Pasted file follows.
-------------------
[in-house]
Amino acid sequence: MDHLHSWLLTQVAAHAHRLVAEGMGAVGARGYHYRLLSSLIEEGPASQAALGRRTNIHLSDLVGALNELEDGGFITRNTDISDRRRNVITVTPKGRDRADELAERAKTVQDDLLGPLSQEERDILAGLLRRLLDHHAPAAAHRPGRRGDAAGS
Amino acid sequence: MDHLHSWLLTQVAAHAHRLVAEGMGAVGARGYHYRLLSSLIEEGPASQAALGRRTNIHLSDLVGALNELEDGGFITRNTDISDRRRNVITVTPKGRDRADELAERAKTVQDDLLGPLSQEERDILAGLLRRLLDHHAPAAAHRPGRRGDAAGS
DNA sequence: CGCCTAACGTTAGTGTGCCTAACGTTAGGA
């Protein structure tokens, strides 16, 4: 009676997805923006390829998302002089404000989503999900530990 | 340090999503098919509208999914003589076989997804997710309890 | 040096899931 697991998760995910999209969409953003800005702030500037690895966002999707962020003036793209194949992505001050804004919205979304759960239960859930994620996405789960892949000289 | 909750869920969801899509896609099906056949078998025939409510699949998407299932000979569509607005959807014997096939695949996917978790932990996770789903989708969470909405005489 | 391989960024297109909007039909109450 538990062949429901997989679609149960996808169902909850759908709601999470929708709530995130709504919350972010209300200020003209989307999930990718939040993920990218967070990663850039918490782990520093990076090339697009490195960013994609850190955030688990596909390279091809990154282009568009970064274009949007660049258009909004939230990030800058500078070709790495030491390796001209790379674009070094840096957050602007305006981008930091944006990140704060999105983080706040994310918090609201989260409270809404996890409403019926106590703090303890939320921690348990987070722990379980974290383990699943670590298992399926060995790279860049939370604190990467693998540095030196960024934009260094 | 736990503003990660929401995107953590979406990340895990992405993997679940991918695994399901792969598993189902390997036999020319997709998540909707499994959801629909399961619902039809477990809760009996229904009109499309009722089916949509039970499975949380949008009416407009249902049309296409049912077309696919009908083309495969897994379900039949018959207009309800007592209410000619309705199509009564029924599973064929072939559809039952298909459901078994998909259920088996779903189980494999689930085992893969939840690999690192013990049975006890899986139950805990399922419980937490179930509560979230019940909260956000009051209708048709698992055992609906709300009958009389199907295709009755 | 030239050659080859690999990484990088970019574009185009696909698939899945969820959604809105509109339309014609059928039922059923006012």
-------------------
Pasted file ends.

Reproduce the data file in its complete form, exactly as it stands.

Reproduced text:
[in-house]
Amino acid sequence: MDHLHSWLLTQVAAHAHRLVAEGMGAVGARGYHYRLLSSLIEEGPASQAALGRRTNIHLSDLVGALNELEDGGFITRNTDISDRRRNVITVTPKGRDRADELAERAKTVQDDLLGPLSQEERDILAGLLRRLLDHHAPAAAHRPGRRGDAAGS
Amino acid sequence: MDHLHSWLLTQVAAHAHRLVAEGMGAVGARGYHYRLLSSLIEEGPASQAALGRRTNIHLSDLVGALNELEDGGFITRNTDISDRRRNVITVTPKGRDRADELAERAKTVQDDLLGPLSQEERDILAGLLRRLLDHHAPAAAHRPGRRGDAAGS
DNA sequence: CGCCTAACGTTAGTGTGCCTAACGTTAGGA
């Protein structure tokens, strides 16, 4: 009676997805923006390829998302002089404000989503999900530990 | 340090999503098919509208999914003589076989997804997710309890 | 040096899931 697991998760995910999209969409953003800005702030500037690895966002999707962020003036793209194949992505001050804004919205979304759960239960859930994620996405789960892949000289 | 909750869920969801899509896609099906056949078998025939409510699949998407299932000979569509607005959807014997096939695949996917978790932990996770789903989708969470909405005489 | 391989960024297109909007039909109450 538990062949429901997989679609149960996808169902909850759908709601999470929708709530995130709504919350972010209300200020003209989307999930990718939040993920990218967070990663850039918490782990520093990076090339697009490195960013994609850190955030688990596909390279091809990154282009568009970064274009949007660049258009909004939230990030800058500078070709790495030491390796001209790379674009070094840096957050602007305006981008930091944006990140704060999105983080706040994310918090609201989260409270809404996890409403019926106590703090303890939320921690348990987070722990379980974290383990699943670590298992399926060995790279860049939370604190990467693998540095030196960024934009260094 | 736990503003990660929401995107953590979406990340895990992405993997679940991918695994399901792969598993189902390997036999020319997709998540909707499994959801629909399961619902039809477990809760009996229904009109499309009722089916949509039970499975949380949008009416407009249902049309296409049912077309696919009908083309495969897994379900039949018959207009309800007592209410000619309705199509009564029924599973064929072939559809039952298909459901078994998909259920088996779903189980494999689930085992893969939840690999690192013990049975006890899986139950805990399922419980937490179930509560979230019940909260956000009051209708048709698992055992609906709300009958009389199907295709009755 | 030239050659080859690999990484990088970019574009185009696909698939899945969820959604809105509109339309014609059928039922059923006012």